Giant Bowery Mashup review£450.00

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The Mashup, one of four Bowery fixed bikes from Giant, differs from the rest of the range with its straight bar setup, instead of a more traditional drop. We’ve loved the other models in the range, so it’s such a shame that this one misses the mark.

The frame and fork are Giant’s own Aluxx Aluminium, and the bike is finished with an FSA Vero chainset, a neat-looking red chain and high flange hub wheels with Alex DA22 rims (it also comes with a chainguard but we took this off for our photo session). This adds up to a bike with an impressive 19.9lb weight for the XL model we tested.

Riding the Mashup is a mixed bag: its light weight is welcome, yet the combination of a super-rigid frameset and straight bladed aluminium fork makes it a teeth-rattling ride over rougher surfaces. This is fine for smooth roads, but as a lot of our streets are rough and potholed this can soon become wearing.

The 46-tooth chainring and 17-tooth sprocket result in a usable 71in gear, but we’d have preferred a 16T sprocket and resulting 75in gear.

Giant bowery mashup: giant bowery mashup
Giant bowery mashup: giant bowery mashup

The Bowery’s handling feels sharp and the straight bar with no sweep helps. This all sounds promising then – it’s light and, typically of Giant, it’s very reasonably priced.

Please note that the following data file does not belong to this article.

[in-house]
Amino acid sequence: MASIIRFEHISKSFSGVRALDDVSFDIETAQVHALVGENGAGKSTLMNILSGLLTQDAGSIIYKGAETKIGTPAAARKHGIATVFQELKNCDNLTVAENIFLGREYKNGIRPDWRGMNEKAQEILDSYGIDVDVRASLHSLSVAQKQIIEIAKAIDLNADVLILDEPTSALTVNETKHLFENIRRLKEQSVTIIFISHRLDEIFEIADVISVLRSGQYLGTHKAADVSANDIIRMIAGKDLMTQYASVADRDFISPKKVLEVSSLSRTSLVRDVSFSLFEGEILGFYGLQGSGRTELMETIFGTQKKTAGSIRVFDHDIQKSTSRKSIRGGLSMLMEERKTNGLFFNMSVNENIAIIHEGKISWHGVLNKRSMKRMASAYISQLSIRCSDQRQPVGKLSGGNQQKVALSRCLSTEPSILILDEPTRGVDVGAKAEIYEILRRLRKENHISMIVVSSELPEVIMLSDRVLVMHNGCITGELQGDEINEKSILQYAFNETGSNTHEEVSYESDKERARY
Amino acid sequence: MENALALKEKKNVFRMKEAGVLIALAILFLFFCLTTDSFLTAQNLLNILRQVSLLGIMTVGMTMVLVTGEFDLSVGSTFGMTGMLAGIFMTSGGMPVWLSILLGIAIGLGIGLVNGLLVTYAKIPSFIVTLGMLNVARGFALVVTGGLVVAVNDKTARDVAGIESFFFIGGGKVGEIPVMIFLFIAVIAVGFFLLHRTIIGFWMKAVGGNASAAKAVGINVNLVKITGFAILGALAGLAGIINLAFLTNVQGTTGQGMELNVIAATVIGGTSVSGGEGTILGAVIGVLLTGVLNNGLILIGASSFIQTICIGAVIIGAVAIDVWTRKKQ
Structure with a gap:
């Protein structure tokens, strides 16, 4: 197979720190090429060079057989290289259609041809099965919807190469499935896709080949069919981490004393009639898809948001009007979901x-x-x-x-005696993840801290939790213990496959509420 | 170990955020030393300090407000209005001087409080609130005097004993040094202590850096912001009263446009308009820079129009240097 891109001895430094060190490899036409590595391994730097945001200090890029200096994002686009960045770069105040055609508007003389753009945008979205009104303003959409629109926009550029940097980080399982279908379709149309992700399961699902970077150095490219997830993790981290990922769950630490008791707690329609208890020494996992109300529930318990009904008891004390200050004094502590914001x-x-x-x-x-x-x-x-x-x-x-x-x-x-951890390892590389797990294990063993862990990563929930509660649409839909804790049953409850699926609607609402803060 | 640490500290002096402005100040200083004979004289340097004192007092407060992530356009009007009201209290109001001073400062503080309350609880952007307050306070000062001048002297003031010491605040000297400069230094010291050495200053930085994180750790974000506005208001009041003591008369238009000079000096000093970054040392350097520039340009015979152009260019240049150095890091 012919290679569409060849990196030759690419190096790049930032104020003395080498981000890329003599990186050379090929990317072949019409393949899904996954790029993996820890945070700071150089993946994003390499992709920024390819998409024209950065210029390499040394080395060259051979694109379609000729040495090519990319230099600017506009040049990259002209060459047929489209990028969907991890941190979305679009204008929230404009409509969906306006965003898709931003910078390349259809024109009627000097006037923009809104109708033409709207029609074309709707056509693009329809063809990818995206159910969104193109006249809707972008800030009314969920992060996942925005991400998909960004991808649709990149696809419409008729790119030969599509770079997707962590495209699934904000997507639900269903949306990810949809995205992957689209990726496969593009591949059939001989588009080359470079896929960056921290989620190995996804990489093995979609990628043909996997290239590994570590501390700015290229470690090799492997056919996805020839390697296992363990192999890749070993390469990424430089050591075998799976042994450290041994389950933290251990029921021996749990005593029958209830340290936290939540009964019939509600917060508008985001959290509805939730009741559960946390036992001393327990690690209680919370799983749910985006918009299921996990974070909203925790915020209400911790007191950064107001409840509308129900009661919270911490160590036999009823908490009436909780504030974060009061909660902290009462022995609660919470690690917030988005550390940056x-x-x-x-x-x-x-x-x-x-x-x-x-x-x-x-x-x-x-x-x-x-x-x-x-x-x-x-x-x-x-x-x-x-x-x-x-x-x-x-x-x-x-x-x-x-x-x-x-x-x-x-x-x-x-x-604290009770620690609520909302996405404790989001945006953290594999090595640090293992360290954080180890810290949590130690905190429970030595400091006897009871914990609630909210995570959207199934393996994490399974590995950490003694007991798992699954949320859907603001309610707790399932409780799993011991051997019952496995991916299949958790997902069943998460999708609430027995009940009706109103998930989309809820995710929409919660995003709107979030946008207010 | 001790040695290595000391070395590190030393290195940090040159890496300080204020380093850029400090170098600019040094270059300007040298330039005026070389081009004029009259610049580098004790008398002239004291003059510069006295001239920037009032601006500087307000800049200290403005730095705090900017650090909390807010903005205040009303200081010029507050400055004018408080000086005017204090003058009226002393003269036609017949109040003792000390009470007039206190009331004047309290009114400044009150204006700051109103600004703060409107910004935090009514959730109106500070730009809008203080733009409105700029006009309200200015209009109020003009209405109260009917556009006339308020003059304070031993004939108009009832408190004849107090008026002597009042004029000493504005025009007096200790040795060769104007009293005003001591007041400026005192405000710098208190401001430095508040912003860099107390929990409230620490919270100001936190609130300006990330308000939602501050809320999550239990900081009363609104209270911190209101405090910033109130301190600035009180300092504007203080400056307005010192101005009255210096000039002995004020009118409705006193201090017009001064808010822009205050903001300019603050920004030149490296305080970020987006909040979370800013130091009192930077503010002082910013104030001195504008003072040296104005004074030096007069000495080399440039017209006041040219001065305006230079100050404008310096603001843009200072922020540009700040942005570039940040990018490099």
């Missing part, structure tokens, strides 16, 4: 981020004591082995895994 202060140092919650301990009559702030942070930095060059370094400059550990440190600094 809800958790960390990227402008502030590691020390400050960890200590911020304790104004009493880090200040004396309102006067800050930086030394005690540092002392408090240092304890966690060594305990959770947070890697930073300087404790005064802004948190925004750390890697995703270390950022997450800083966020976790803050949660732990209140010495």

Unfortunately, the Mashup’s flaw is a big one. The brake levers are the type you’d usually find on the ends of low-profile time-trial bars, and when they’re fitted to a flat bar they lever from the outside. It looks cool and when you first grip them it feels like the bars have built-in knuckle-dusters. The problem comes when you want to brake.

If you put two fingers on either lever, mountain bike-style, or even single finger, BMX-style, and pull, so much travel is required to stop that you crush your fingers against the bar – so you let go of the brake. Not ideal.

To get around this you end up riding with all four fingers wrapped around the brake lever, leaving just the heel of your hand and thumb in contact with the bar, which just doesn’t feel safe. And then whenever you brake with all four fingers it comes across as, well, a little ham-fisted.

The brake levers look good but are a compromise to use: the brake levers look good but are a compromise to use
The brake levers look good but are a compromise to use: the brake levers look good but are a compromise to use

Warren Rossiter

Senior Technical Editor
Approaching two decades of testing bikes, Warren can be found on a daily basis riding and exploring the road and off roads of Wiltshire's Salisbury Plain in the UK. That's when he's not travelling the world to test the latest kit, components and bikes.
  • Age: 44
  • Height: 188cm / 6'2''
  • Weight: 92kg / 203lb
  • Waist: 86cm / 34in
  • Chest: 112cm / 44in
  • Discipline: Road
  • Preferred Terrain: Big, fast descents and rough surfaces like cobbles or strada bianca
  • Current Bikes: Decade Tripster ATR, Dedacciai Temarario, Cannondale Synapse, BMC Granfondo Disc Di2, Genesis Day One CX, Parlee Z Zero Custom, Storck Scenario Comp Custom, DMR Trailstar, Bianchi Pista, Cube SUV 29er e-bike
  • Dream Bike: Bianchi Oltre Disc, Bianchi Specialissima, Cannondale Slate, Buffalo Bike
  • Beer of Choice: Brew Dog Punk IPA
  • Location: Wiltshire, UK

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